The type of RV you buy can directly impact your living costs and potential savings. Choosing the right RV for your family’s size and needs is crucial. Some critical factors to consider when selecting an RV include the following:
- Your location and weather
- Family size
- Storage space
A stationary vehicle is better suited for people who want to stay in one location. You won’t travel and spend money on attractions, fuel, or restaurants. Although your RV is parked in one spot, you can still move it to a different location if you grow tired of the area.
A stationary RV park offers many perks that make staying in one spot more worthwhile. Most parks offer a mail handling service, Wi-Fi, water, and electricity which takes a lot of stress out of RV living. So, research RV parks before you select your location to get the most out of your parking spot.
The RV lifestyle offers freedom and flexibility that traditional homes simply can’t provide. If you can work while you travel, then a mobile motorhome may suit you better. Stationary RV living can offer more employment opportunities for travelers who cannot work on the road.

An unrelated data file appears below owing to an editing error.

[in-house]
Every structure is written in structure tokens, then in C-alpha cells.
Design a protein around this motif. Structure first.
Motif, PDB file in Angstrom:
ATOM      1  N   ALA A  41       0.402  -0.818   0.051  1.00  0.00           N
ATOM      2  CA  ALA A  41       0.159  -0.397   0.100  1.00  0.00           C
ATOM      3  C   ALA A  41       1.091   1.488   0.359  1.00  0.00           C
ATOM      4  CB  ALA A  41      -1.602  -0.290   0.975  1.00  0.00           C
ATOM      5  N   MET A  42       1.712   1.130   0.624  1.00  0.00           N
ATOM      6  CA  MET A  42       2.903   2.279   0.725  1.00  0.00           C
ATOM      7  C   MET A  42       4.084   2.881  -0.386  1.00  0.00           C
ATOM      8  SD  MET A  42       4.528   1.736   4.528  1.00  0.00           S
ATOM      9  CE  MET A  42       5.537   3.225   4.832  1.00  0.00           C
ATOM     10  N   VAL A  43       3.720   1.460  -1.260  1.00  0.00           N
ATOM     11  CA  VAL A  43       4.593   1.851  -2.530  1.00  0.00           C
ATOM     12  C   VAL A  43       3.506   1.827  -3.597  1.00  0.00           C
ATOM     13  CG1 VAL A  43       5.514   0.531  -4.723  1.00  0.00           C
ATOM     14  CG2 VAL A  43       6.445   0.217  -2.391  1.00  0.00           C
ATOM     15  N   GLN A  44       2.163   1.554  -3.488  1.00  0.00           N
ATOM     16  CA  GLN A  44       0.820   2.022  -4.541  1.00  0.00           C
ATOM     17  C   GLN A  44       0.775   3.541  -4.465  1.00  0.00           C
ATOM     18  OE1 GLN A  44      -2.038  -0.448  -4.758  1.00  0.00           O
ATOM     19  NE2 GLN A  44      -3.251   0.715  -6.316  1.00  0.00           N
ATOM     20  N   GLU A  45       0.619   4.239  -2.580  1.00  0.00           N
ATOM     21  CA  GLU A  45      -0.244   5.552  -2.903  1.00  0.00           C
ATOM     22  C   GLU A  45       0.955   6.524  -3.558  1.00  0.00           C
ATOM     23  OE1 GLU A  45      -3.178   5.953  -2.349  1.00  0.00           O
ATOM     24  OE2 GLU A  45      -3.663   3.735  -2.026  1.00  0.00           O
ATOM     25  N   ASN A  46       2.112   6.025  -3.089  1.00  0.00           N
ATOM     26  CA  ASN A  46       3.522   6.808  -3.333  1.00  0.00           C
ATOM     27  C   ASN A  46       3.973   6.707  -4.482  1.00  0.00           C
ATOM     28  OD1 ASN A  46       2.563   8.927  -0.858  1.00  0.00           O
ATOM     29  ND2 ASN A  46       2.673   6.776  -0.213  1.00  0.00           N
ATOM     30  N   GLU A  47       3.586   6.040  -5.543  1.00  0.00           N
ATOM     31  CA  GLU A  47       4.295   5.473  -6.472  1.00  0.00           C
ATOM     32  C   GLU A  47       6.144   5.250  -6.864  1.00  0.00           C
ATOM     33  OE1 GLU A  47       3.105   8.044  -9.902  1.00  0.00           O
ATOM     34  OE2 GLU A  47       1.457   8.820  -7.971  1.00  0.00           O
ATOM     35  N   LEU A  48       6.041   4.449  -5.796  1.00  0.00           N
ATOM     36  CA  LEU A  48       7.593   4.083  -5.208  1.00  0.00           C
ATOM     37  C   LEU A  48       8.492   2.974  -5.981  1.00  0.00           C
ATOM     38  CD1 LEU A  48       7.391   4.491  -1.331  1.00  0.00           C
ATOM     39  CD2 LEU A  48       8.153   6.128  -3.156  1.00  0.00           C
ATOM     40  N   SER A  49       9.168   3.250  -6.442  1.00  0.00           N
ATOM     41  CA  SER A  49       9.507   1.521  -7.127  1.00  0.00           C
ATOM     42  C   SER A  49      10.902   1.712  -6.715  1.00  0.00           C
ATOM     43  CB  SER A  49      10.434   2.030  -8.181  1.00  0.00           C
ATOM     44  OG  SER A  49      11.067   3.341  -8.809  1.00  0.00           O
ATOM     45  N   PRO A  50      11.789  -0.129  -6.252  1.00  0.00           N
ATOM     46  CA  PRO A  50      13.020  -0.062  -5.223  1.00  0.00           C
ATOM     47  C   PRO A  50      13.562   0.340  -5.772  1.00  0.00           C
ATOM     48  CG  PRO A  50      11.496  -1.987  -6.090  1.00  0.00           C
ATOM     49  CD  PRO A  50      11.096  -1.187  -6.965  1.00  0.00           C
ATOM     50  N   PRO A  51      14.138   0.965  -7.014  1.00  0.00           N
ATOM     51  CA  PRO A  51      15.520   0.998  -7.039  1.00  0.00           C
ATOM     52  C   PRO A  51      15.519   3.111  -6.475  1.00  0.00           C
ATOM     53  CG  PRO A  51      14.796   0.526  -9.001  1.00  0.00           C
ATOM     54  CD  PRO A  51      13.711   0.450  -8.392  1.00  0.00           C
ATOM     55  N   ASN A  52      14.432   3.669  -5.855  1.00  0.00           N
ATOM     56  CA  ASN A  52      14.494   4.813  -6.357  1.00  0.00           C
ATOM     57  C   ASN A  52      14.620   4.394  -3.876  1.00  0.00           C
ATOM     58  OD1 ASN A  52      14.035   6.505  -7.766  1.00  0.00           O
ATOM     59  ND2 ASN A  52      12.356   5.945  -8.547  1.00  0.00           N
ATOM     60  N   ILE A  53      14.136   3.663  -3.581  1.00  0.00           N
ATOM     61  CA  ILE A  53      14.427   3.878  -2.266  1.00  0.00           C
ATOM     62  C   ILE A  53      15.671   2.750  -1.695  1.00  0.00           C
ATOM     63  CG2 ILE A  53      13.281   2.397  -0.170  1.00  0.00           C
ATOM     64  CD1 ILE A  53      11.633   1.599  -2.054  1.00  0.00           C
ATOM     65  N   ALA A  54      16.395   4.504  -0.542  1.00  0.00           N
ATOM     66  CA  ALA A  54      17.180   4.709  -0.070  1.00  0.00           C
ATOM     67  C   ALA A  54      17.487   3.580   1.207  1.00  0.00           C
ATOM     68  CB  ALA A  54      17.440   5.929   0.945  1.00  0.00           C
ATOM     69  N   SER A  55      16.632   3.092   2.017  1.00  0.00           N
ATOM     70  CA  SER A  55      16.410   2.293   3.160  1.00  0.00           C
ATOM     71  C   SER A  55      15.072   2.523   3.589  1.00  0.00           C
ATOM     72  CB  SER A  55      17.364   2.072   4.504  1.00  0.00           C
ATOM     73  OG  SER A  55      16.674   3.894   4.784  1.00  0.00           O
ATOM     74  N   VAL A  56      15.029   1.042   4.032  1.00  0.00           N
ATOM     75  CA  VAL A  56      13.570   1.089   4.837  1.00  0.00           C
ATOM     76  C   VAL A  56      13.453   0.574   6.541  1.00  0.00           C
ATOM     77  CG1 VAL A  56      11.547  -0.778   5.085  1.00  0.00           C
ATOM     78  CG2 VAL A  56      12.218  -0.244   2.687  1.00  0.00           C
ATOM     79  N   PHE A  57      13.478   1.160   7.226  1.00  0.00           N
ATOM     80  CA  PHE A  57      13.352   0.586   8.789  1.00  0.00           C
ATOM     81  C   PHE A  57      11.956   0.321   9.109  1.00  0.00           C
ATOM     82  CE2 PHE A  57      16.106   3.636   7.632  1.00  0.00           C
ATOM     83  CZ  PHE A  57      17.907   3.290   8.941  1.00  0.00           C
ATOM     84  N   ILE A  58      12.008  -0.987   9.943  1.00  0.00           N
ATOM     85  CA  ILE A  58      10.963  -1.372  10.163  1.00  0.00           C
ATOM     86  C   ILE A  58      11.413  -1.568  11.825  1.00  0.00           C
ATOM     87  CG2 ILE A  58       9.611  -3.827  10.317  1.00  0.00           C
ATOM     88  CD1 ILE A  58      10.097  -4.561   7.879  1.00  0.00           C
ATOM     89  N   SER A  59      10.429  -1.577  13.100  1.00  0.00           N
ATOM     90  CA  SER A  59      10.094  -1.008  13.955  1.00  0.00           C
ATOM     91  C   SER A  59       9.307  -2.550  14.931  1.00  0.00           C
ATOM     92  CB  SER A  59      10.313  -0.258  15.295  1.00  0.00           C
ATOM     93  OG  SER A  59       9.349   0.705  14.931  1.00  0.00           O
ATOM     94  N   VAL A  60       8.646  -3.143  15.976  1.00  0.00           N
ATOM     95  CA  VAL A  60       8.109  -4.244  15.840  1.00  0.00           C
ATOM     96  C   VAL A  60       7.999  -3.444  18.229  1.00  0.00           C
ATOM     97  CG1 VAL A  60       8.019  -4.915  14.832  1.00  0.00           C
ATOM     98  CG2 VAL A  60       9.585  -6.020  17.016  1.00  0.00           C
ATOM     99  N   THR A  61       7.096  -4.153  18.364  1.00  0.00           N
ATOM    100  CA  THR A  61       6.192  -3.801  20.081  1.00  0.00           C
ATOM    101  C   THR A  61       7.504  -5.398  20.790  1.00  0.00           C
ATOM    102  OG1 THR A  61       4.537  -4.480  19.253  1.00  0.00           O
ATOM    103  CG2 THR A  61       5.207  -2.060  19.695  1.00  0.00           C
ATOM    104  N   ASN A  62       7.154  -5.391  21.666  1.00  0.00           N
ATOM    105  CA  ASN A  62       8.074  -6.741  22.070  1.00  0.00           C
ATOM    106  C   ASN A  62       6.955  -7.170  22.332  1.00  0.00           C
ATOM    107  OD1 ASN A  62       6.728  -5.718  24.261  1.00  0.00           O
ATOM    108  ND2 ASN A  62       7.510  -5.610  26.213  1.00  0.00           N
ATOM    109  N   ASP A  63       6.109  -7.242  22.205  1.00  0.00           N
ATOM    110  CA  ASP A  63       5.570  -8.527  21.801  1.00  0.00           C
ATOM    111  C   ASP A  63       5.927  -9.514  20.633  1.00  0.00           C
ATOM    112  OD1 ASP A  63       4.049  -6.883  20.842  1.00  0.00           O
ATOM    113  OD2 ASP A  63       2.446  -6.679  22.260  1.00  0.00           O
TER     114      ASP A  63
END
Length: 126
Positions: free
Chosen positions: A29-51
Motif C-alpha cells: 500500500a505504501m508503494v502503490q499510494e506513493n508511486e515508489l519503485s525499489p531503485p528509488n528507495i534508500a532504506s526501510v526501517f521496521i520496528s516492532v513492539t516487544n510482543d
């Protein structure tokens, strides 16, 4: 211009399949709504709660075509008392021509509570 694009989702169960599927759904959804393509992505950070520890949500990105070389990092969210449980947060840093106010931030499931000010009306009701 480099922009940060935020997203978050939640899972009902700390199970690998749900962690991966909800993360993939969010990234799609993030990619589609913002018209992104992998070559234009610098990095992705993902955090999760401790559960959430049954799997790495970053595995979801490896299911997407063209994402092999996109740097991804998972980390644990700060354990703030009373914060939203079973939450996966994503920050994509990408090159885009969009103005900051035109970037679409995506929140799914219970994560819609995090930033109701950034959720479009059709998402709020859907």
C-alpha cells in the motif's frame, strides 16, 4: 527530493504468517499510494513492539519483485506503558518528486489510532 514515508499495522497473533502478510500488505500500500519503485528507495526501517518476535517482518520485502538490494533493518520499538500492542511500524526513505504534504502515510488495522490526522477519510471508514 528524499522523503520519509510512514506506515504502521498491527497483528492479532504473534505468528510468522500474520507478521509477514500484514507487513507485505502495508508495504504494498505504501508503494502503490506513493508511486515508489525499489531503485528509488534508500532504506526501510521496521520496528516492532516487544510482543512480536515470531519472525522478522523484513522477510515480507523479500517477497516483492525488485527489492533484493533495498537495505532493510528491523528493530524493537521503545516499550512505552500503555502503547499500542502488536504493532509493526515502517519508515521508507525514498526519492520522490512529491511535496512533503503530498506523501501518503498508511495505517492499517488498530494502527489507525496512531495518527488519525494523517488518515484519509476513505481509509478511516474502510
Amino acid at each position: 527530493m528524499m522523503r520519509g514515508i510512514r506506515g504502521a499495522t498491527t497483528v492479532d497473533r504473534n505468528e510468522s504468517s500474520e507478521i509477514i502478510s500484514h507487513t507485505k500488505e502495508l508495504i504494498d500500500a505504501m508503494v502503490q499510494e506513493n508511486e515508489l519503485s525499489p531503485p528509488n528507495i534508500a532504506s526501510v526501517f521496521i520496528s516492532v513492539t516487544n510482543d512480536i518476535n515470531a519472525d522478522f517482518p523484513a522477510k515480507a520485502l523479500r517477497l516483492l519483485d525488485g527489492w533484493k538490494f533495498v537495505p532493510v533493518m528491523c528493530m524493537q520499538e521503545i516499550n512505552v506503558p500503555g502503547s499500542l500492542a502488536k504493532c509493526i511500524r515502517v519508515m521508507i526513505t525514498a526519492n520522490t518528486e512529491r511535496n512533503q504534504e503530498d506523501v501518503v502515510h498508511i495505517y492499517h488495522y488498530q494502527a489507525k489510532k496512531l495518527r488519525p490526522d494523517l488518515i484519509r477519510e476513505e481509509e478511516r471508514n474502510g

RV lifers come from all walks of life, and many work on the road. Earning a living while you travel will provide the freedom and security you need if you want to move location regularly.
Motorhome Leasing vs. Buying
Financing an RV could cost as much as your mortgage or rent payments, so it is essential to consider your options. Owning your RV outright will remove monthly accommodation costs and help you save thousands. On the other hand, leasing an RV might give you more choices to buy a luxurious RV that you can buy at the end of your contract.
Do the research and rent an RV before you buy or lease to see if you enjoy the lifestyle. Most RV rentals will have mileage restrictions, so check the limits before planning a cross-country trip.
Buying a motorhome outright is your best bet for saving money. You won’t have any monthly repayments or restrictions on how you use the vehicle. Buying a used RV will get you better value for your money. The best time to buy an RV is during the winter when there is less interest in RV living.
How To Minimize Your RV Living Expenses
One of the biggest benefits of living in an RV is the significant reduction in daily expenses. You own less stuff, and you have less space to heat. An RV lifestyle can certainly be affordable, but some aspects can be expensive if they are not managed correctly.
Nevertheless, living a comfortable lifestyle in your RV on $2,000-$3,000 per month and saving money is possible. Many RV owners operate their rig on less. Cooking your meals and choosing cheaper fuel spots can help you keep your expenses to a minimum and set more money aside for your savings.
Consider Stationary Locations